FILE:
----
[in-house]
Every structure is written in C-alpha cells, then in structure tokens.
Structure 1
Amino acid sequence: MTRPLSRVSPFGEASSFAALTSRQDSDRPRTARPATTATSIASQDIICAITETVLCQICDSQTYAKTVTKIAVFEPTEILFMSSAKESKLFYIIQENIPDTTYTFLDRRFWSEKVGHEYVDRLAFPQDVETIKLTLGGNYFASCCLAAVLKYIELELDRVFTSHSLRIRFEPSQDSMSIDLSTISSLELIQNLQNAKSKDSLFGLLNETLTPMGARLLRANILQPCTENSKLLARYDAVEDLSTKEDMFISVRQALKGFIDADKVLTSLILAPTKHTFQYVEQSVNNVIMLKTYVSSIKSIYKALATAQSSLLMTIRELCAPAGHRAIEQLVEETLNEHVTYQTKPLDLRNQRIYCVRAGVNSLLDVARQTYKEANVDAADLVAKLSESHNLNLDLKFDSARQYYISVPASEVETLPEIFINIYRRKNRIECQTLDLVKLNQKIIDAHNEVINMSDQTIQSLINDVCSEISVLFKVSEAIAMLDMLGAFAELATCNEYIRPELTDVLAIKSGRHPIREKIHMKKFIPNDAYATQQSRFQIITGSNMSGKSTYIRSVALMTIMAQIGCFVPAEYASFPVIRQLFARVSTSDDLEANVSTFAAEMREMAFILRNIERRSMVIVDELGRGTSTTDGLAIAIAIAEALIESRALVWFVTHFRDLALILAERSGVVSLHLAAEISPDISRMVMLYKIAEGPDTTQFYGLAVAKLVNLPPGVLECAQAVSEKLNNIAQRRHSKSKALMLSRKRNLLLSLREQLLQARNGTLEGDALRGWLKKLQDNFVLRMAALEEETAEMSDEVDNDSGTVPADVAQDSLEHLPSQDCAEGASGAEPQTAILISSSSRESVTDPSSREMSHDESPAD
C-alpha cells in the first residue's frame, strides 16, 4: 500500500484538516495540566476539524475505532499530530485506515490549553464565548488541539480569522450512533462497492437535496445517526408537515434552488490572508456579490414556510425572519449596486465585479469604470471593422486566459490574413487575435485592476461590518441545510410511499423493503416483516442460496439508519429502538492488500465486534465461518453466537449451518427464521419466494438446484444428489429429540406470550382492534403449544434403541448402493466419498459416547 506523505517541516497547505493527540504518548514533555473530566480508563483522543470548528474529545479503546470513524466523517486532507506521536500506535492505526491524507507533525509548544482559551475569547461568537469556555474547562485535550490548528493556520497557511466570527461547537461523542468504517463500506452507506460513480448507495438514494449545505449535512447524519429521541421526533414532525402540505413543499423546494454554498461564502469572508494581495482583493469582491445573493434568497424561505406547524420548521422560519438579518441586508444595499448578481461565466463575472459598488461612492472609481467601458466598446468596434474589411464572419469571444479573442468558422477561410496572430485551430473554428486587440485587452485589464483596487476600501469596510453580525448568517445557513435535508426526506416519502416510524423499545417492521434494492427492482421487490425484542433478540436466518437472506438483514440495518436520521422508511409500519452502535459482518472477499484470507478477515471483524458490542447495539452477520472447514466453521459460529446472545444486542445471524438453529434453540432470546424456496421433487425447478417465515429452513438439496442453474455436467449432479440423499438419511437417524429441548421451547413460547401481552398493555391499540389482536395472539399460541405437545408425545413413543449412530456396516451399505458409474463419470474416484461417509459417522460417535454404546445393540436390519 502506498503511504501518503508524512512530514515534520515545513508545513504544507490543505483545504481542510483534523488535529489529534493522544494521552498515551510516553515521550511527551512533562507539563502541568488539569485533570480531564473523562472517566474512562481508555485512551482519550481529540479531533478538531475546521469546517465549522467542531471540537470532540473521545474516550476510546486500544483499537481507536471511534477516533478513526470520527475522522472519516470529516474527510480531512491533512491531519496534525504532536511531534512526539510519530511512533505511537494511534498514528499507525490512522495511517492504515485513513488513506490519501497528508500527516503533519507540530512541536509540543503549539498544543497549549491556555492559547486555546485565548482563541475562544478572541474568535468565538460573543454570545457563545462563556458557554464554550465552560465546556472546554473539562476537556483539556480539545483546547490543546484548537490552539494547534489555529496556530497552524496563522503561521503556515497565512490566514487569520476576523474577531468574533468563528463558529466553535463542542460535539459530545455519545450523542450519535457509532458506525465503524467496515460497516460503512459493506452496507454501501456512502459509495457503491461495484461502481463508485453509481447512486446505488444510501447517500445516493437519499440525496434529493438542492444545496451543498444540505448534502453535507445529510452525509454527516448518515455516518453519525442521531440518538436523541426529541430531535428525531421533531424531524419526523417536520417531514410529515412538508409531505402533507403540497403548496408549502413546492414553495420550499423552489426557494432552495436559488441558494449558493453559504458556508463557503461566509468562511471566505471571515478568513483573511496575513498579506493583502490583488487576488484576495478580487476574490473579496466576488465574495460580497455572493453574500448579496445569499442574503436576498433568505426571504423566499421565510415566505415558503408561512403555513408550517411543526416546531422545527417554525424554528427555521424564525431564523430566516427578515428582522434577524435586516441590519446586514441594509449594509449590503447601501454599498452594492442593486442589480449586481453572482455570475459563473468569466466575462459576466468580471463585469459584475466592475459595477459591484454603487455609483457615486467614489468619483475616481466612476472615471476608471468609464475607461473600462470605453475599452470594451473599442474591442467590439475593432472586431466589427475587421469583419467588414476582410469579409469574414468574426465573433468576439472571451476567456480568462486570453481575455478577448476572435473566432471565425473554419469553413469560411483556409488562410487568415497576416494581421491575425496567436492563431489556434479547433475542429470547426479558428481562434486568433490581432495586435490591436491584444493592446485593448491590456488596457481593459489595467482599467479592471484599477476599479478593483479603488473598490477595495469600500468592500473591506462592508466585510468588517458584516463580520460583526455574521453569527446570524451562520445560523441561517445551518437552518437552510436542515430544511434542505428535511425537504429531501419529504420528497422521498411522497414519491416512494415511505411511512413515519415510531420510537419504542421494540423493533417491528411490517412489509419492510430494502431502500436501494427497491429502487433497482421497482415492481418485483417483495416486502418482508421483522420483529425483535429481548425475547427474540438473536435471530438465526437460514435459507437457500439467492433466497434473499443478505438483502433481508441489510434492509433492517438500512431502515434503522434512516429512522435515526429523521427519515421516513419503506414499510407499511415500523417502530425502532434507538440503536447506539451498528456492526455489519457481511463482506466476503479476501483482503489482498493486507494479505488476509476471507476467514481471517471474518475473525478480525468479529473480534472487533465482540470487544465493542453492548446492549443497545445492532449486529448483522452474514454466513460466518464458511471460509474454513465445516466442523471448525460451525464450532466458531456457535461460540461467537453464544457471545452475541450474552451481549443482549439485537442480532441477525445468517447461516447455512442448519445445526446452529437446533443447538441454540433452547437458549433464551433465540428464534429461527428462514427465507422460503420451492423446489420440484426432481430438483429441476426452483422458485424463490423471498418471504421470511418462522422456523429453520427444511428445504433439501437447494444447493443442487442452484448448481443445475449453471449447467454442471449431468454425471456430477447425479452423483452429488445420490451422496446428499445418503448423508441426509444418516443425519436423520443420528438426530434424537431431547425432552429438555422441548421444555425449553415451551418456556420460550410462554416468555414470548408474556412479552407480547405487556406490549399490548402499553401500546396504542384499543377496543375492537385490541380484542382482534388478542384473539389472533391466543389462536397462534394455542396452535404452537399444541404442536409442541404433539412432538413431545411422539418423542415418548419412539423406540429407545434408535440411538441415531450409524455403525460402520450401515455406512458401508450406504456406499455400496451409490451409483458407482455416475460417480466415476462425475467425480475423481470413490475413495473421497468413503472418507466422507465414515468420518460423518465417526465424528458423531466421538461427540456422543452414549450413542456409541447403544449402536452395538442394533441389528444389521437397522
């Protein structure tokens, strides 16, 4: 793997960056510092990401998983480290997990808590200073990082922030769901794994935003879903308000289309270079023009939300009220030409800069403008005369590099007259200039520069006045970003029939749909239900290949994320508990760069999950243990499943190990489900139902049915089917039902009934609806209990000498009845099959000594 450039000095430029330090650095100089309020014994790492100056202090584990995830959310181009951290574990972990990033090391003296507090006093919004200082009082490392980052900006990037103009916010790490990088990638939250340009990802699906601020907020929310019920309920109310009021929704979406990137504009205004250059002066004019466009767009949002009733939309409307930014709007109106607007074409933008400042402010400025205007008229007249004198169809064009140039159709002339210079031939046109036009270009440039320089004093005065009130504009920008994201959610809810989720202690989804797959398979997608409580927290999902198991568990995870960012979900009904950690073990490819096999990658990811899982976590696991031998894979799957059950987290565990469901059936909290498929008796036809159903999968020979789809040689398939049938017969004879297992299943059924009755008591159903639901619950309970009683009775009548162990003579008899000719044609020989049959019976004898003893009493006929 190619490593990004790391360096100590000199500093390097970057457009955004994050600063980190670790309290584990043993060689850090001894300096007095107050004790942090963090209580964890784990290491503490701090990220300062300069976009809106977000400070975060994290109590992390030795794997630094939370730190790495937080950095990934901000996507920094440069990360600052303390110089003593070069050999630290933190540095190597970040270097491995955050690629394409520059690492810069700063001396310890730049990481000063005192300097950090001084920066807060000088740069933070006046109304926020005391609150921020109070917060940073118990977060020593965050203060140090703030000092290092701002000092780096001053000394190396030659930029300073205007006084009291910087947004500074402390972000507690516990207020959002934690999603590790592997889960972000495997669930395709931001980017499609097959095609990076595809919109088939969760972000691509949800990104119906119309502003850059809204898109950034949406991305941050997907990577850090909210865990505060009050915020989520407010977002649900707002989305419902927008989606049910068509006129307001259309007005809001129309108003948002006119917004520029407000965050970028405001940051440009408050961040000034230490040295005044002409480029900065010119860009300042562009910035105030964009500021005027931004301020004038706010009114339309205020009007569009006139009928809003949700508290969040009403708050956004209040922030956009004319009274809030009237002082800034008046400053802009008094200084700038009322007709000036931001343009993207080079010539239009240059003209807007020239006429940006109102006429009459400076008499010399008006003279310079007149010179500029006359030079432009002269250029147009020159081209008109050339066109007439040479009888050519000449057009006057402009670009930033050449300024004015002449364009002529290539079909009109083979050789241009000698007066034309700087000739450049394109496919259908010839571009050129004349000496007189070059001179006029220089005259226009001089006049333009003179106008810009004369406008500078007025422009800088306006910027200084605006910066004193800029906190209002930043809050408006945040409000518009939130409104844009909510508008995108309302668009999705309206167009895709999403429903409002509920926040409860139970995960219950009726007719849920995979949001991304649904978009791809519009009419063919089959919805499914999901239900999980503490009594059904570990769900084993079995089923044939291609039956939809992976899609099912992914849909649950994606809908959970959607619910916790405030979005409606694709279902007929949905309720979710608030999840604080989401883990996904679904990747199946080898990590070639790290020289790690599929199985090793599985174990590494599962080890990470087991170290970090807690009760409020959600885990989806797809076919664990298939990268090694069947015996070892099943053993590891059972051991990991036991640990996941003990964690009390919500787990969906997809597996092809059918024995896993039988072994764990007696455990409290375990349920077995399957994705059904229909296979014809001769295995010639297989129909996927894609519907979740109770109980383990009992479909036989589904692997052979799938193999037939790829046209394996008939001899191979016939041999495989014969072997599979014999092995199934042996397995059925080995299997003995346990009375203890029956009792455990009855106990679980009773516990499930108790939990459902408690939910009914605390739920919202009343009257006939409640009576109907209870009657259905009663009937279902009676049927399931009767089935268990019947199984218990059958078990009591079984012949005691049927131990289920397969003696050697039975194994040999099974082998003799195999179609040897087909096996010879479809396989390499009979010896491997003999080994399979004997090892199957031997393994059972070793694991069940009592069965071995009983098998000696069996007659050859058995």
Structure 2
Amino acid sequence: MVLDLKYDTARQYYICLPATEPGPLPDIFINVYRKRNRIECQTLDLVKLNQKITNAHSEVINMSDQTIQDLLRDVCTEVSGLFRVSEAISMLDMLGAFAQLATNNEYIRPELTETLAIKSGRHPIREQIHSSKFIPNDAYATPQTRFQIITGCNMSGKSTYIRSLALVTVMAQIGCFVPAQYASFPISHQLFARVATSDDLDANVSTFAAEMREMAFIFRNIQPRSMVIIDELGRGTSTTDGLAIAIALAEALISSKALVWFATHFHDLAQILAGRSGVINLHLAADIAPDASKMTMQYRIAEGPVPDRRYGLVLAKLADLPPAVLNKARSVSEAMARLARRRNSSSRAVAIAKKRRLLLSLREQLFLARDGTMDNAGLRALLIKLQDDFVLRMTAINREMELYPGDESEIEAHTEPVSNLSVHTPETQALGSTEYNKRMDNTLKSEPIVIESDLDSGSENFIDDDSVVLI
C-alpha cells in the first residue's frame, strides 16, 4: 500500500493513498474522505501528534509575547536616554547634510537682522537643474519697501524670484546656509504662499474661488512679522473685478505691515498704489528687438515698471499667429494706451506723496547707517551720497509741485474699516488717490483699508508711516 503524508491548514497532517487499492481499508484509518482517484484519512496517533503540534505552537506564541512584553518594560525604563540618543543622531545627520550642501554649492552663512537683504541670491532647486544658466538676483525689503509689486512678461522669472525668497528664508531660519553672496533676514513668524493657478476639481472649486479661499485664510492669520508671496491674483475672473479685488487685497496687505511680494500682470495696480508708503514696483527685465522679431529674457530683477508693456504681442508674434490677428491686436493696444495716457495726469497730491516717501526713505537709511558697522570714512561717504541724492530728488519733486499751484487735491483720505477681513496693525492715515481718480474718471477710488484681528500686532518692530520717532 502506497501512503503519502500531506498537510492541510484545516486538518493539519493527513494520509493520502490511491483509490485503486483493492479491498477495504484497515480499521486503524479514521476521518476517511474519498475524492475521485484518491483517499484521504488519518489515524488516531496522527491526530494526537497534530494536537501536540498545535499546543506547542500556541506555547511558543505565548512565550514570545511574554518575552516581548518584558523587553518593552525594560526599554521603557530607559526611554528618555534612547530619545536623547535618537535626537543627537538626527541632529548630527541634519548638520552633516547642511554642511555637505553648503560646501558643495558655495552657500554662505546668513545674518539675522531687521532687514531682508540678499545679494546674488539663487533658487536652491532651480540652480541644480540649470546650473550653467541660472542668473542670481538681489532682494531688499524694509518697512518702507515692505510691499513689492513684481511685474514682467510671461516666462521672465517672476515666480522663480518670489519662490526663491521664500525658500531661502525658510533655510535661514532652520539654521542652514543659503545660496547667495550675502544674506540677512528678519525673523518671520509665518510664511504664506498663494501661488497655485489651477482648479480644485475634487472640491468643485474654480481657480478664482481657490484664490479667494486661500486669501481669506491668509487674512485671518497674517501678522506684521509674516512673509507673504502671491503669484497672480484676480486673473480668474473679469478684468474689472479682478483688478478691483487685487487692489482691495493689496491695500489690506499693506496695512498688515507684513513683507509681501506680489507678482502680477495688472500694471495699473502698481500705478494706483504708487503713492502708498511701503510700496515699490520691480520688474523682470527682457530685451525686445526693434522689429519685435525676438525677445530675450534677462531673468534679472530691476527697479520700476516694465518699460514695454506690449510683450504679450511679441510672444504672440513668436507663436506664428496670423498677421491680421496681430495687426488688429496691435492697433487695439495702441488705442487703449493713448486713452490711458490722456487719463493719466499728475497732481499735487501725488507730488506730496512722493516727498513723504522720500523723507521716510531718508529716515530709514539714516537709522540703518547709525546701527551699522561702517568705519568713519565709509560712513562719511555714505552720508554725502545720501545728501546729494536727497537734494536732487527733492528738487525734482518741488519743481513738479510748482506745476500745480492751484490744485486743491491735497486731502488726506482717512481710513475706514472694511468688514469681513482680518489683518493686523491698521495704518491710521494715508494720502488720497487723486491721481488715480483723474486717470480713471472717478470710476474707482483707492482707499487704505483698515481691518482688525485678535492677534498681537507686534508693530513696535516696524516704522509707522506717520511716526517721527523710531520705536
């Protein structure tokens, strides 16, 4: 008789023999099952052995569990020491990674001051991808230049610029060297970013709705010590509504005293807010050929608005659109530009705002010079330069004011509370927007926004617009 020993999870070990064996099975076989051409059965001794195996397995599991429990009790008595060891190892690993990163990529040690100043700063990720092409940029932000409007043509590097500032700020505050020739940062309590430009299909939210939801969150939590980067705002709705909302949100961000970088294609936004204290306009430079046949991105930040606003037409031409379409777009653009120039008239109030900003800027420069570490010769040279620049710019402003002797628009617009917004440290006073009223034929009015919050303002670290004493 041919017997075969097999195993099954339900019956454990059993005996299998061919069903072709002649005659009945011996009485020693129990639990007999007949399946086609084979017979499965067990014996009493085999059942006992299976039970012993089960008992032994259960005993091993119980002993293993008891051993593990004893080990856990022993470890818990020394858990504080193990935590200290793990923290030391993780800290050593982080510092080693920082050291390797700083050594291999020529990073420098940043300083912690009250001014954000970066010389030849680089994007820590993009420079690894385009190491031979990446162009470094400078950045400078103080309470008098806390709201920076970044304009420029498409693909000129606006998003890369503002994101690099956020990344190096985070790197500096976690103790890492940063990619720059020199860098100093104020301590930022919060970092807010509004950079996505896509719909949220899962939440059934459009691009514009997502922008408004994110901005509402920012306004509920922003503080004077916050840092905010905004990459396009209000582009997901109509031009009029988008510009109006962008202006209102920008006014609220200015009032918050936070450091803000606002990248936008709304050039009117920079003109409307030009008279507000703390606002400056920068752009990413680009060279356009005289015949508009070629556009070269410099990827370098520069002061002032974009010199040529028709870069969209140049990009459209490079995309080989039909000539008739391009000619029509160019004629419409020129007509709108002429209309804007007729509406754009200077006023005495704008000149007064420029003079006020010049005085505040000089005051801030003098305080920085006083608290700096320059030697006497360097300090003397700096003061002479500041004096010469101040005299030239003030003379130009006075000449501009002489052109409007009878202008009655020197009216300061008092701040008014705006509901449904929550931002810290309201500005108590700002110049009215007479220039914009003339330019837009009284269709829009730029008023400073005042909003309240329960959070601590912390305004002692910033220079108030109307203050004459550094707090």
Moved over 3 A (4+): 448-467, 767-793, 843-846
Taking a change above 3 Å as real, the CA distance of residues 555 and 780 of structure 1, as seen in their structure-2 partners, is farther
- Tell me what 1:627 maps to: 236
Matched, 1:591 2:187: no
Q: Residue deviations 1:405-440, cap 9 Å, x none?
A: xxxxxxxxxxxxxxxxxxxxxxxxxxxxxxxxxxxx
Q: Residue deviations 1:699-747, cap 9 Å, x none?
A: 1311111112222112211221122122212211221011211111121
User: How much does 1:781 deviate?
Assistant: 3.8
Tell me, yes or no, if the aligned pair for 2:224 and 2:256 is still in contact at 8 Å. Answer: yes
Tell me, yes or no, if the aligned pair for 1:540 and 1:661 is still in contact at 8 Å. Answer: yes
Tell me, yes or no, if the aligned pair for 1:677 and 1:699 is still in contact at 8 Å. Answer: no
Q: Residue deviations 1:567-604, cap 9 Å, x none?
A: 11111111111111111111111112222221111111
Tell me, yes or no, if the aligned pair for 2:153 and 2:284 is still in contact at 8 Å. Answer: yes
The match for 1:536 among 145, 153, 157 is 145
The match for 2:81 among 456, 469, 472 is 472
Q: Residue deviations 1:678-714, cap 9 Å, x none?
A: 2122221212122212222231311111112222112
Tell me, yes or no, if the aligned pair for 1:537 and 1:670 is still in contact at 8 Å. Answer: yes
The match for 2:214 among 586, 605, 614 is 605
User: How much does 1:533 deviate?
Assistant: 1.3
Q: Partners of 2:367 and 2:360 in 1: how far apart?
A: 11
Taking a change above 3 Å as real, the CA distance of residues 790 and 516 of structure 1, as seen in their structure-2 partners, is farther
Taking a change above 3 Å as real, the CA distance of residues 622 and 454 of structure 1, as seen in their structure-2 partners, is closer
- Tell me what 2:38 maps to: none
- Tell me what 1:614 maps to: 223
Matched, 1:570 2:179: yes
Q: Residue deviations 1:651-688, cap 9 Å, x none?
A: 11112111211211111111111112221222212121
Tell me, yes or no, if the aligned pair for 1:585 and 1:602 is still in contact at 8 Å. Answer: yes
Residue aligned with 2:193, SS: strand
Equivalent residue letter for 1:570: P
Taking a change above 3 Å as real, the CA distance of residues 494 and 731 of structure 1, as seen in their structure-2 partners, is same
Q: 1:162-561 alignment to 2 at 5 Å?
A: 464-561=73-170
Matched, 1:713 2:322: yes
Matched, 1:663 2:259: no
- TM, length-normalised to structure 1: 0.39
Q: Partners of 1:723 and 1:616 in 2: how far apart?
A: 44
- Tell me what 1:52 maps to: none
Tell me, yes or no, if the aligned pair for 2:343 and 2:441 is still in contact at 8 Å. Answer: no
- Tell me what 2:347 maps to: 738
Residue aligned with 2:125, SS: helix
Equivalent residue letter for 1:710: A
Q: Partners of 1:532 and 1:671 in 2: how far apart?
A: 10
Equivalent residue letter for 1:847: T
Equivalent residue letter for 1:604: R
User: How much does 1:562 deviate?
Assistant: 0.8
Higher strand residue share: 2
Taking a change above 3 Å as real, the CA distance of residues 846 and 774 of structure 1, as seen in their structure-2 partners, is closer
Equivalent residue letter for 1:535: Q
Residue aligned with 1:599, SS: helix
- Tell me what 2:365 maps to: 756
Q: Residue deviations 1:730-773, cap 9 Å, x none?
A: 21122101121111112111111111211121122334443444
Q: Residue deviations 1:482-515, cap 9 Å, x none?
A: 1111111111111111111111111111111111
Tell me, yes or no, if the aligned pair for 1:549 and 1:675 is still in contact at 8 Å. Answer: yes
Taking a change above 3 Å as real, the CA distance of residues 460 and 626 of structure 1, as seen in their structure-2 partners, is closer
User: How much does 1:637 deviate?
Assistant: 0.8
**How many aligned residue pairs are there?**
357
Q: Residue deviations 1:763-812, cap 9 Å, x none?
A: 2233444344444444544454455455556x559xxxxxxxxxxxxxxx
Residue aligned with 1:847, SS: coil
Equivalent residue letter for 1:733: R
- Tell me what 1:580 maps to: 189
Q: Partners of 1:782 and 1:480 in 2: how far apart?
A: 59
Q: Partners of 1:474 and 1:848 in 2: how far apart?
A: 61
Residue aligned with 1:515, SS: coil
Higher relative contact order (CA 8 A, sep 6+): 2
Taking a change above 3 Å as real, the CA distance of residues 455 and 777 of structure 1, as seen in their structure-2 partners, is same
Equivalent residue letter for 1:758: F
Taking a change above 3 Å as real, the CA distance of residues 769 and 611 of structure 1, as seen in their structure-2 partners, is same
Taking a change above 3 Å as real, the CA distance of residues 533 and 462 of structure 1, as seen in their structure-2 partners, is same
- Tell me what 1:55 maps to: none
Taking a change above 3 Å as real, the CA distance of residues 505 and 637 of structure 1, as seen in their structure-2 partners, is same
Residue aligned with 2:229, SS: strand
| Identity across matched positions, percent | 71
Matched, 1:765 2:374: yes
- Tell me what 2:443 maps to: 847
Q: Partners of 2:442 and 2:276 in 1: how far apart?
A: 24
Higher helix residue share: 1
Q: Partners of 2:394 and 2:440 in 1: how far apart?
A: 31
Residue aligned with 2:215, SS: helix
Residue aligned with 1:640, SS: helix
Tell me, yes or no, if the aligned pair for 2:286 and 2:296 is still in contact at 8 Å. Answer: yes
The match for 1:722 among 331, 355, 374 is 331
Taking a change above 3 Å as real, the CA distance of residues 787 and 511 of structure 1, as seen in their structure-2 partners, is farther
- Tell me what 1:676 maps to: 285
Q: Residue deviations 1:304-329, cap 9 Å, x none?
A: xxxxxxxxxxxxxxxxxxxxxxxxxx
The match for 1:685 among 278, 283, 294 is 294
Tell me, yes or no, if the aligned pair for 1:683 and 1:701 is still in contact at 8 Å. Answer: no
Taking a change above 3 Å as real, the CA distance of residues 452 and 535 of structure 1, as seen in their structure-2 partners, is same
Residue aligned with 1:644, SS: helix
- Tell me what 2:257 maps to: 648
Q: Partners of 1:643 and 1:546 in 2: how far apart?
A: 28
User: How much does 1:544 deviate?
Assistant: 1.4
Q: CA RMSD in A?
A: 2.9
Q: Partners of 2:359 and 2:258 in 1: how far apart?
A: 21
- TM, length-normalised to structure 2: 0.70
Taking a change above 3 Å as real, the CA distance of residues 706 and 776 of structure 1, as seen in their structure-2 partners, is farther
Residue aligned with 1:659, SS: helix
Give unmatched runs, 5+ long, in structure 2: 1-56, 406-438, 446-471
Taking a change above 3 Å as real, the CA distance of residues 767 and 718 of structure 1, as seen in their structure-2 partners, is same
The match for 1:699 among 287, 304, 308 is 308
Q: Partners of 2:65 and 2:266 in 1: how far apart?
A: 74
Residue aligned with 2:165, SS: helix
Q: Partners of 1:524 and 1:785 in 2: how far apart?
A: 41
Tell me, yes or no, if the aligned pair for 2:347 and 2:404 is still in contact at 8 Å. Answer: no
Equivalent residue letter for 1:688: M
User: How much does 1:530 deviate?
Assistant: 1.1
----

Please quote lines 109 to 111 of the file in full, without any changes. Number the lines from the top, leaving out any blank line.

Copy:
Tell me, yes or no, if the aligned pair for 2:286 and 2:296 is still in contact at 8 Å. Answer: yes
The match for 1:722 among 331, 355, 374 is 331
Taking a change above 3 Å as real, the CA distance of residues 787 and 511 of structure 1, as seen in their structure-2 partners, is farther